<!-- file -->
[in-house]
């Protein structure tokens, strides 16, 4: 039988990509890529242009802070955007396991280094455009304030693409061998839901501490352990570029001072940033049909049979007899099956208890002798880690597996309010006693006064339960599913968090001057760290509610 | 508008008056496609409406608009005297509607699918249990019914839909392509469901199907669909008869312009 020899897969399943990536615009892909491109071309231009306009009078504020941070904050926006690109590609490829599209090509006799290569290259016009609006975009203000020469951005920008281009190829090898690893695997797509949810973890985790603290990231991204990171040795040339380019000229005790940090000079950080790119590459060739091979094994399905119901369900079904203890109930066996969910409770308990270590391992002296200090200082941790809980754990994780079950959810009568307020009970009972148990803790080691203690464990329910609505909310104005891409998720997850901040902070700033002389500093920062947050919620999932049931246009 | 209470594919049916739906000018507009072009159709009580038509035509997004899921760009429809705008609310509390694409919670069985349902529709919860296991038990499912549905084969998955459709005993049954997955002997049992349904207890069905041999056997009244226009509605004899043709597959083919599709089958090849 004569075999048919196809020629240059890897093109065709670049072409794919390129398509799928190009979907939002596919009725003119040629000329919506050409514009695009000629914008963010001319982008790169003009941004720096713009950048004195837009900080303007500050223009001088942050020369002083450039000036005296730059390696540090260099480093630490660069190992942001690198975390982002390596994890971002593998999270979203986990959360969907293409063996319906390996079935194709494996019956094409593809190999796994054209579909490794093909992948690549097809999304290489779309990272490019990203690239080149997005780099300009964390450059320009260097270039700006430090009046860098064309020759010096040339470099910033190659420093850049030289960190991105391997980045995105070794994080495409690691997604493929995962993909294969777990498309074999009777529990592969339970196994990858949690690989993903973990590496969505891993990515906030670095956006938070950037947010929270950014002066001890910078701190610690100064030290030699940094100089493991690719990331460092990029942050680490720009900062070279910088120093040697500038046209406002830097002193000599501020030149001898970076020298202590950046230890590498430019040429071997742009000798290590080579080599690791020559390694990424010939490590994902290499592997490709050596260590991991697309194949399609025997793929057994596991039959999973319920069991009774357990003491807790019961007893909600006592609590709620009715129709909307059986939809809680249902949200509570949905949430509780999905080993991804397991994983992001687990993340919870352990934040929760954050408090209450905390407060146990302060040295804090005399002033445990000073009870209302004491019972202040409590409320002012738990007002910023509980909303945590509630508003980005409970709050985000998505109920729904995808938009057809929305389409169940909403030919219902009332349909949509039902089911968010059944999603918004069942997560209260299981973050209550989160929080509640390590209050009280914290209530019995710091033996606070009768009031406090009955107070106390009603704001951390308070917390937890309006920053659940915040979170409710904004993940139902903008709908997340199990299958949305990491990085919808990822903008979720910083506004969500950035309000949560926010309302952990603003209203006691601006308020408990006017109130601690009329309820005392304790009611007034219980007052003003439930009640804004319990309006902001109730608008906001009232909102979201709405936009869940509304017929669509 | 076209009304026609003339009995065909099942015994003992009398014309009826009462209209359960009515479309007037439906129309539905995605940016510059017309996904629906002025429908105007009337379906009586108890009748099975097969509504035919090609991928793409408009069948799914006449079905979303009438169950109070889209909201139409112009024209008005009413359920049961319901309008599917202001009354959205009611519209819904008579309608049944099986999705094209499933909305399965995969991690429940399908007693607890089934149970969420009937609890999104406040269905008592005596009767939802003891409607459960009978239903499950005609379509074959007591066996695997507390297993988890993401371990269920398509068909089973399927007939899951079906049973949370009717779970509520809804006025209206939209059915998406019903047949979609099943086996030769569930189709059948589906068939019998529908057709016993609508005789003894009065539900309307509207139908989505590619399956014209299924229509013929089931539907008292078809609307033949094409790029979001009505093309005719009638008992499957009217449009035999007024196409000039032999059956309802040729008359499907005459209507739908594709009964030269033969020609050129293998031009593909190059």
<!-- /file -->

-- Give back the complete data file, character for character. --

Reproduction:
[in-house]
């Protein structure tokens, strides 16, 4: 039988990509890529242009802070955007396991280094455009304030693409061998839901501490352990570029001072940033049909049979007899099956208890002798880690597996309010006693006064339960599913968090001057760290509610 | 508008008056496609409406608009005297509607699918249990019914839909392509469901199907669909008869312009 020899897969399943990536615009892909491109071309231009306009009078504020941070904050926006690109590609490829599209090509006799290569290259016009609006975009203000020469951005920008281009190829090898690893695997797509949810973890985790603290990231991204990171040795040339380019000229005790940090000079950080790119590459060739091979094994399905119901369900079904203890109930066996969910409770308990270590391992002296200090200082941790809980754990994780079950959810009568307020009970009972148990803790080691203690464990329910609505909310104005891409998720997850901040902070700033002389500093920062947050919620999932049931246009 | 209470594919049916739906000018507009072009159709009580038509035509997004899921760009429809705008609310509390694409919670069985349902529709919860296991038990499912549905084969998955459709005993049954997955002997049992349904207890069905041999056997009244226009509605004899043709597959083919599709089958090849 004569075999048919196809020629240059890897093109065709670049072409794919390129398509799928190009979907939002596919009725003119040629000329919506050409514009695009000629914008963010001319982008790169003009941004720096713009950048004195837009900080303007500050223009001088942050020369002083450039000036005296730059390696540090260099480093630490660069190992942001690198975390982002390596994890971002593998999270979203986990959360969907293409063996319906390996079935194709494996019956094409593809190999796994054209579909490794093909992948690549097809999304290489779309990272490019990203690239080149997005780099300009964390450059320009260097270039700006430090009046860098064309020759010096040339470099910033190659420093850049030289960190991105391997980045995105070794994080495409690691997604493929995962993909294969777990498309074999009777529990592969339970196994990858949690690989993903973990590496969505891993990515906030670095956006938070950037947010929270950014002066001890910078701190610690100064030290030699940094100089493991690719990331460092990029942050680490720009900062070279910088120093040697500038046209406002830097002193000599501020030149001898970076020298202590950046230890590498430019040429071997742009000798290590080579080599690791020559390694990424010939490590994902290499592997490709050596260590991991697309194949399609025997793929057994596991039959999973319920069991009774357990003491807790019961007893909600006592609590709620009715129709909307059986939809809680249902949200509570949905949430509780999905080993991804397991994983992001687990993340919870352990934040929760954050408090209450905390407060146990302060040295804090005399002033445990000073009870209302004491019972202040409590409320002012738990007002910023509980909303945590509630508003980005409970709050985000998505109920729904995808938009057809929305389409169940909403030919219902009332349909949509039902089911968010059944999603918004069942997560209260299981973050209550989160929080509640390590209050009280914290209530019995710091033996606070009768009031406090009955107070106390009603704001951390308070917390937890309006920053659940915040979170409710904004993940139902903008709908997340199990299958949305990491990085919808990822903008979720910083506004969500950035309000949560926010309302952990603003209203006691601006308020408990006017109130601690009329309820005392304790009611007034219980007052003003439930009640804004319990309006902001109730608008906001009232909102979201709405936009869940509304017929669509 | 076209009304026609003339009995065909099942015994003992009398014309009826009462209209359960009515479309007037439906129309539905995605940016510059017309996904629906002025429908105007009337379906009586108890009748099975097969509504035919090609991928793409408009069948799914006449079905979303009438169950109070889209909201139409112009024209008005009413359920049961319901309008599917202001009354959205009611519209819904008579309608049944099986999705094209499933909305399965995969991690429940399908007693607890089934149970969420009937609890999104406040269905008592005596009767939802003891409607459960009978239903499950005609379509074959007591066996695997507390297993988890993401371990269920398509068909089973399927007939899951079906049973949370009717779970509520809804006025209206939209059915998406019903047949979609099943086996030769569930189709059948589906068939019998529908057709016993609508005789003894009065539900309307509207139908989505590619399956014209299924229509013929089931539907008292078809609307033949094409790029979001009505093309005719009638008992499957009217449009035999007024196409000039032999059956309802040729008359499907005459209507739908594709009964030269033969020609050129293998031009593909190059």